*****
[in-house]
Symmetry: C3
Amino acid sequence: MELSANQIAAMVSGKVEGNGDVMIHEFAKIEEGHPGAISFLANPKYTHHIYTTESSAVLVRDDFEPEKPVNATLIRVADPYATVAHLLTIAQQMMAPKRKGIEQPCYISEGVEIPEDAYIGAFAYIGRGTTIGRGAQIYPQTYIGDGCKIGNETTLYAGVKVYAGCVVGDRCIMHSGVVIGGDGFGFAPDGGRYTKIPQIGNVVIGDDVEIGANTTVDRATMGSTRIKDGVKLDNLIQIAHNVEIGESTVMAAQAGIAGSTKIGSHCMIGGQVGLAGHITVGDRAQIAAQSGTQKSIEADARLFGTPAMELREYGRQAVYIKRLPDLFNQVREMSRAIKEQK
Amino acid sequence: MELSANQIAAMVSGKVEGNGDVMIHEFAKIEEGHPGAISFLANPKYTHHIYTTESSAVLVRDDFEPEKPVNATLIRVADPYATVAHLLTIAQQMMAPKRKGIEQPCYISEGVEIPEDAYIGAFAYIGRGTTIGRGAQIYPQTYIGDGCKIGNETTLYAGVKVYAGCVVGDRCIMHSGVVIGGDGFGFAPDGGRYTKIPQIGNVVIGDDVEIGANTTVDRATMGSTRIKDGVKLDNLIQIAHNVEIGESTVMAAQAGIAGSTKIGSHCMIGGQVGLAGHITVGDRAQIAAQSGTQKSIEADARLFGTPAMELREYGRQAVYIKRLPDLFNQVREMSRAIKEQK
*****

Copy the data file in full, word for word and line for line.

[in-house]
Symmetry: C3
Amino acid sequence: MELSANQIAAMVSGKVEGNGDVMIHEFAKIEEGHPGAISFLANPKYTHHIYTTESSAVLVRDDFEPEKPVNATLIRVADPYATVAHLLTIAQQMMAPKRKGIEQPCYISEGVEIPEDAYIGAFAYIGRGTTIGRGAQIYPQTYIGDGCKIGNETTLYAGVKVYAGCVVGDRCIMHSGVVIGGDGFGFAPDGGRYTKIPQIGNVVIGDDVEIGANTTVDRATMGSTRIKDGVKLDNLIQIAHNVEIGESTVMAAQAGIAGSTKIGSHCMIGGQVGLAGHITVGDRAQIAAQSGTQKSIEADARLFGTPAMELREYGRQAVYIKRLPDLFNQVREMSRAIKEQK
Amino acid sequence: MELSANQIAAMVSGKVEGNGDVMIHEFAKIEEGHPGAISFLANPKYTHHIYTTESSAVLVRDDFEPEKPVNATLIRVADPYATVAHLLTIAQQMMAPKRKGIEQPCYISEGVEIPEDAYIGAFAYIGRGTTIGRGAQIYPQTYIGDGCKIGNETTLYAGVKVYAGCVVGDRCIMHSGVVIGGDGFGFAPDGGRYTKIPQIGNVVIGDDVEIGANTTVDRATMGSTRIKDGVKLDNLIQIAHNVEIGESTVMAAQAGIAGSTKIGSHCMIGGQVGLAGHITVGDRAQIAAQSGTQKSIEADARLFGTPAMELREYGRQAVYIKRLPDLFNQVREMSRAIKEQK